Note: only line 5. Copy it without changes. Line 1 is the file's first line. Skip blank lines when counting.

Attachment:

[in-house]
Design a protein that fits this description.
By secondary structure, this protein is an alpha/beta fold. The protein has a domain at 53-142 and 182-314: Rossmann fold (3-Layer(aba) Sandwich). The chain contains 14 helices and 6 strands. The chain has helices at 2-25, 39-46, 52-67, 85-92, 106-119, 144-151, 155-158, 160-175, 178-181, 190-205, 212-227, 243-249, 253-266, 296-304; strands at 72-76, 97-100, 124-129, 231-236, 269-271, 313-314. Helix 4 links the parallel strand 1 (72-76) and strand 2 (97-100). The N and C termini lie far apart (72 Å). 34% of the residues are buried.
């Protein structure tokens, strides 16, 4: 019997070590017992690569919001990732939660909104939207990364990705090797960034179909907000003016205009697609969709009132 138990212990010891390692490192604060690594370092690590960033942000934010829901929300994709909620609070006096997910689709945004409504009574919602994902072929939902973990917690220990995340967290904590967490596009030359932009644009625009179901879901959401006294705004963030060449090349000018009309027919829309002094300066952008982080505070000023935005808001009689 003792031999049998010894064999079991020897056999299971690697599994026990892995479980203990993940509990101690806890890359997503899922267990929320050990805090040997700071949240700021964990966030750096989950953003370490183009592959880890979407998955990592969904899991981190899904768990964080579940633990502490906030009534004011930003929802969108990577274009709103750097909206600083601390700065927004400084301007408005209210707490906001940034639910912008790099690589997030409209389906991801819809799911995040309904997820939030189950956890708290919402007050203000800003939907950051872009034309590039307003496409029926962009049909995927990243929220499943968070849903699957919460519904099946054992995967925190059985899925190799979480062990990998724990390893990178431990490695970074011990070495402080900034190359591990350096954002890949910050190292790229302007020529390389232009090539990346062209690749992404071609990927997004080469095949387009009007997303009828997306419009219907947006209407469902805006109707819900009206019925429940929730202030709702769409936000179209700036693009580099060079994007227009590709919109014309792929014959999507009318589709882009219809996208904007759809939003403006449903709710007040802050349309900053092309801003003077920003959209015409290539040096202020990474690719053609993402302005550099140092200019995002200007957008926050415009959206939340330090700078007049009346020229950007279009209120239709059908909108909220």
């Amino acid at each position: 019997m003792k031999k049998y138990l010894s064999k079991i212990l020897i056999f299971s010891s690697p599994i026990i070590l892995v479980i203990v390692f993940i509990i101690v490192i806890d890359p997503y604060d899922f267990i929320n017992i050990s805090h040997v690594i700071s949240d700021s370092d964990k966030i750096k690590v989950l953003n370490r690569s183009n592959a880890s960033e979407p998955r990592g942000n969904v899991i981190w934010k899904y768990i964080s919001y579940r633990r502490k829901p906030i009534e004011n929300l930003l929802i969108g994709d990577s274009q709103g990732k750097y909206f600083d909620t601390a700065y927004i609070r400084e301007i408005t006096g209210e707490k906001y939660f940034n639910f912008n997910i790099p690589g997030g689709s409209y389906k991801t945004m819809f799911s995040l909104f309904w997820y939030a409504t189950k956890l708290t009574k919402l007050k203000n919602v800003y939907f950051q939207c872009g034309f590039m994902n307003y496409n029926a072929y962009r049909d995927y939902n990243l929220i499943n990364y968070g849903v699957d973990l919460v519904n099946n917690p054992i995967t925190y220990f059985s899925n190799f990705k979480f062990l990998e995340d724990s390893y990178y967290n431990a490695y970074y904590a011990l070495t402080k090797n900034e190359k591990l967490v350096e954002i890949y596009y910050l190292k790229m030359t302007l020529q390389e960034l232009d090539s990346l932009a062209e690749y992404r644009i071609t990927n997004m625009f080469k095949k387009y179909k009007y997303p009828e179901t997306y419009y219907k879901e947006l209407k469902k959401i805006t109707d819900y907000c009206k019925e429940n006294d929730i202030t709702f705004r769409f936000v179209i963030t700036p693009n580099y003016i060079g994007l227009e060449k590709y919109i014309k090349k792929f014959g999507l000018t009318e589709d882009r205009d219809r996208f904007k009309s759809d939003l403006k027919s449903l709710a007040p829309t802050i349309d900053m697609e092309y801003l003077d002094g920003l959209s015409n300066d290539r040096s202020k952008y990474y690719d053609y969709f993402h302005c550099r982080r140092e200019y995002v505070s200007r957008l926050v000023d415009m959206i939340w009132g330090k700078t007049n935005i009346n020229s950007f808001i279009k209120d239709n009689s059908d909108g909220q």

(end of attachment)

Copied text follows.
């Amino acid at each position: 019997m003792k031999k049998y138990l010894s064999k079991i212990l020897i056999f299971s010891s690697p599994i026990i070590l892995v479980i203990v390692f993940i509990i101690v490192i806890d890359p997503y604060d899922f267990i929320n017992i050990s805090h040997v690594i700071s949240d700021s370092d964990k966030i750096k690590v989950l953003n370490r690569s183009n592959a880890s960033e979407p998955r990592g942000n969904v899991i981190w934010k899904y768990i964080s919001y579940r633990r502490k829901p906030i009534e004011n929300l930003l929802i969108g994709d990577s274009q709103g990732k750097y909206f600083d909620t601390a700065y927004i609070r400084e301007i408005t006096g209210e707490k906001y939660f940034n639910f912008n997910i790099p690589g997030g689709s409209y389906k991801t945004m819809f799911s995040l909104f309904w997820y939030a409504t189950k956890l708290t009574k919402l007050k203000n919602v800003y939907f950051q939207c872009g034309f590039m994902n307003y496409n029926a072929y962009r049909d995927y939902n990243l929220i499943n990364y968070g849903v699957d973990l919460v519904n099946n917690p054992i995967t925190y220990f059985s899925n190799f990705k979480f062990l990998e995340d724990s390893y990178y967290n431990a490695y970074y904590a011990l070495t402080k090797n900034e190359k591990l967490v350096e954002i890949y596009y910050l190292k790229m030359t302007l020529q390389e960034l232009d090539s990346l932009a062209e690749y992404r644009i071609t990927n997004m625009f080469k095949k387009y179909k009007y997303p009828e179901t997306y419009y219907k879901e947006l209407k469902k959401i805006t109707d819900y907000c009206k019925e429940n006294d929730i202030t709702f705004r769409f936000v179209i963030t700036p693009n580099y003016i060079g994007l227009e060449k590709y919109i014309k090349k792929f014959g999507l000018t009318e589709d882009r205009d219809r996208f904007k009309s759809d939003l403006k027919s449903l709710a007040p829309t802050i349309d900053m697609e092309y801003l003077d002094g920003l959209s015409n300066d290539r040096s202020k952008y990474y690719d053609y969709f993402h302005c550099r982080r140092e200019y995002v505070s200007r957008l926050v000023d415009m959206i939340w009132g330090k700078t007049n935005i009346n020229s950007f808001i279009k209120d239709n009689s059908d909108g909220q």